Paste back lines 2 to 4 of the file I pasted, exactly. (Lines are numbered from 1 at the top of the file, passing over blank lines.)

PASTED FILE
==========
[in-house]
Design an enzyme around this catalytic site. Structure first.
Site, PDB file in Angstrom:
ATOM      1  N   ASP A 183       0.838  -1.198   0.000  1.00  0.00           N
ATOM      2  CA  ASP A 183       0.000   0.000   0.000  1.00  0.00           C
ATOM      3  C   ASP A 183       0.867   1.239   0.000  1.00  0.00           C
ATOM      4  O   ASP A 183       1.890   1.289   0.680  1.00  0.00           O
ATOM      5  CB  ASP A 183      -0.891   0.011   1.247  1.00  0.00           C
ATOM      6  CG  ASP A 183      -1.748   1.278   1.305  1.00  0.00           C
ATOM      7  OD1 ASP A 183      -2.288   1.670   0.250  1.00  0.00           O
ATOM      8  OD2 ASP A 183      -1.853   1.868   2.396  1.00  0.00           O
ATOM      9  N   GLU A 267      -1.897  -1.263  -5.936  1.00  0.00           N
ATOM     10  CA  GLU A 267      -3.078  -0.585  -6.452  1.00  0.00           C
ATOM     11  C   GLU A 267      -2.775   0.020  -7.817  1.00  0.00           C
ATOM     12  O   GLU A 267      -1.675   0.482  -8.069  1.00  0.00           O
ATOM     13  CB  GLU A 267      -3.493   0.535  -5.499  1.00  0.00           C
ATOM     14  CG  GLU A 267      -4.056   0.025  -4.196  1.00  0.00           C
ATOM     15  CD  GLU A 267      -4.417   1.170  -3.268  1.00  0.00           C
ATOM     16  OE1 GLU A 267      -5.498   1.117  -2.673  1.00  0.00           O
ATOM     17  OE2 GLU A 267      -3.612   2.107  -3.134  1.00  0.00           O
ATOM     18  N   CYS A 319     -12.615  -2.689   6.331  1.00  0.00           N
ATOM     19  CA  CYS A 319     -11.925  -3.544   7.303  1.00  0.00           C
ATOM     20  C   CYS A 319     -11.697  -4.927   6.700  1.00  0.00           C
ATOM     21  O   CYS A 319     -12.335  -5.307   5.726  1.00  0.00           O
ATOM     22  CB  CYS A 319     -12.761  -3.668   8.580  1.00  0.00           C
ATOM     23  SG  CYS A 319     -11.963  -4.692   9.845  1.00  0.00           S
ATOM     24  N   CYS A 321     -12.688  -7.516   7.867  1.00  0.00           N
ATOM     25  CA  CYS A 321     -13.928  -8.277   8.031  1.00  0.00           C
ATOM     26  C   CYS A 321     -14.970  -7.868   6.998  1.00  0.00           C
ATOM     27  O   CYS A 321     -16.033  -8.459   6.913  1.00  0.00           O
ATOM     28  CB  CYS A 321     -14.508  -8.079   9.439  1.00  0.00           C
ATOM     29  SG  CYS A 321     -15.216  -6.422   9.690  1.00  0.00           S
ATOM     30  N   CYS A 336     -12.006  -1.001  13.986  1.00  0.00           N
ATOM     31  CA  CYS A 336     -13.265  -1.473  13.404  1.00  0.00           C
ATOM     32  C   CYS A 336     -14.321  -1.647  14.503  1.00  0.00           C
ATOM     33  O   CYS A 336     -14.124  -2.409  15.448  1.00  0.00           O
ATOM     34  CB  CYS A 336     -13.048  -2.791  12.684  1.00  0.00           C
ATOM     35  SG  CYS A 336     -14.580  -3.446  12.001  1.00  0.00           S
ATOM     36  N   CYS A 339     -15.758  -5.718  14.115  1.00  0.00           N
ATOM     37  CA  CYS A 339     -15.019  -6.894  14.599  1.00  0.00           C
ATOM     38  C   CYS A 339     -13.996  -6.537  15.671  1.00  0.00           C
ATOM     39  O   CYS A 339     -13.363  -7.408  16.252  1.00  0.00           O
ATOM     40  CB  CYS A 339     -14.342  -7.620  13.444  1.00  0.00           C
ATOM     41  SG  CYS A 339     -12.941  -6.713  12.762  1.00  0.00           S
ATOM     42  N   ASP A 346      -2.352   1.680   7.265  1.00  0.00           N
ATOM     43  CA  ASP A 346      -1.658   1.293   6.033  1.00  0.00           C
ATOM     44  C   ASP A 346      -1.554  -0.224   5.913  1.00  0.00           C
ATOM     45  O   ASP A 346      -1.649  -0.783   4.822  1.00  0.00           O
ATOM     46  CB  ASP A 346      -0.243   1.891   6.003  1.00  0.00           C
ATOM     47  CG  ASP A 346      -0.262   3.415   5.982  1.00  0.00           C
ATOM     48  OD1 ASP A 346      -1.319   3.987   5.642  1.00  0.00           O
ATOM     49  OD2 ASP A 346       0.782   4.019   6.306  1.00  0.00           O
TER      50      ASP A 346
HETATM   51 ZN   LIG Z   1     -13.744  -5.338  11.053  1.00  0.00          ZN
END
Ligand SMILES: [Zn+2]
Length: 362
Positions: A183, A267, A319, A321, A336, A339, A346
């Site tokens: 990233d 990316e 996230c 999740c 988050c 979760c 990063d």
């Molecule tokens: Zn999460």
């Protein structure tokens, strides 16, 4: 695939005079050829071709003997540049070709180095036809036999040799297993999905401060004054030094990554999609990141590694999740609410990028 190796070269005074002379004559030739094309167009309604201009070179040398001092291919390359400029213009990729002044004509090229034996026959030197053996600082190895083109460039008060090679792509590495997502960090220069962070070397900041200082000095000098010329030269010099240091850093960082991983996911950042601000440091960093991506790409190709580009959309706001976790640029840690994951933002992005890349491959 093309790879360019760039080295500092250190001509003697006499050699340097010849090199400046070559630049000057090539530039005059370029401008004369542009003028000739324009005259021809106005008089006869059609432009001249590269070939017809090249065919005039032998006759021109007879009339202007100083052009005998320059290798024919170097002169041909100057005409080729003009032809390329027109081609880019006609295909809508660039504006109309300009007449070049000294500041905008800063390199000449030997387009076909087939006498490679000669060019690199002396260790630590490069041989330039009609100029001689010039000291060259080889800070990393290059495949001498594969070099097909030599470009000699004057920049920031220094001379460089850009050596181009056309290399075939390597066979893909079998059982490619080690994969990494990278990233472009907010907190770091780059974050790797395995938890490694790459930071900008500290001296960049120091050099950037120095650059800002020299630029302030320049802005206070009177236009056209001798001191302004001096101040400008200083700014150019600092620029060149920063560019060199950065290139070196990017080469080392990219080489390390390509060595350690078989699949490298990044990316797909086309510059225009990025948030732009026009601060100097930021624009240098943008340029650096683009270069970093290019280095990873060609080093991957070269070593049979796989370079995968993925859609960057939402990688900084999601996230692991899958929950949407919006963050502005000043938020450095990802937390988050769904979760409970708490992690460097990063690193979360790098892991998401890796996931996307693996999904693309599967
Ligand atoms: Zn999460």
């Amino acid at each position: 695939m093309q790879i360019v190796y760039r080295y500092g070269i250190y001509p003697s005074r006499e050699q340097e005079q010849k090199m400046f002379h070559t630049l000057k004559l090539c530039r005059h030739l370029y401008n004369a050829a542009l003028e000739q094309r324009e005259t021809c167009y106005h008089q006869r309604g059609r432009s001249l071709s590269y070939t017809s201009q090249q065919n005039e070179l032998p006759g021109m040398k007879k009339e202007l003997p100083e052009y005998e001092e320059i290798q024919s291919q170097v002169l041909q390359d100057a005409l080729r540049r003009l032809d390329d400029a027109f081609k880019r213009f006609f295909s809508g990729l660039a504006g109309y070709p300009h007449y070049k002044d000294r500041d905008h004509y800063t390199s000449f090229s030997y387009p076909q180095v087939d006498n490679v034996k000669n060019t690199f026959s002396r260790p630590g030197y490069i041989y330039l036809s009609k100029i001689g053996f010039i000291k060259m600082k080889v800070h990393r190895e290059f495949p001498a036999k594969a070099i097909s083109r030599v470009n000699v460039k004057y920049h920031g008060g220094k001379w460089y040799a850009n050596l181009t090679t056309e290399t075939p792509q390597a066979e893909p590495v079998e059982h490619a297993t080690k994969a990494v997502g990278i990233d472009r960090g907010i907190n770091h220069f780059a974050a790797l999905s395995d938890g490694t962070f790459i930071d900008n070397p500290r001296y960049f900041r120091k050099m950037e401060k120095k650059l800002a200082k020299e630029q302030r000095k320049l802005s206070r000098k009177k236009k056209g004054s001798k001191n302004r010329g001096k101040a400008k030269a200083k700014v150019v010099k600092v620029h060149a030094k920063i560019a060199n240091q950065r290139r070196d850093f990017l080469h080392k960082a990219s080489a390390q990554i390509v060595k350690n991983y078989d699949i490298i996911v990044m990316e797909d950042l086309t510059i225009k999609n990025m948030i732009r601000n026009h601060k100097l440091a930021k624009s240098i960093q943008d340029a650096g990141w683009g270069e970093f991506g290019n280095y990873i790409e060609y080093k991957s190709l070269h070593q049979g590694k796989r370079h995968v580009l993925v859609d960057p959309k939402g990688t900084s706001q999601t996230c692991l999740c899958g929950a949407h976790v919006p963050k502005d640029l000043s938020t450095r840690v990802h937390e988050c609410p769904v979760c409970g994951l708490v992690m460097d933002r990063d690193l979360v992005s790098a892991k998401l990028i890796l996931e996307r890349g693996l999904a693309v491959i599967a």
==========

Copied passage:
Design an enzyme around this catalytic site. Structure first.
Site, PDB file in Angstrom:
ATOM      1  N   ASP A 183       0.838  -1.198   0.000  1.00  0.00           N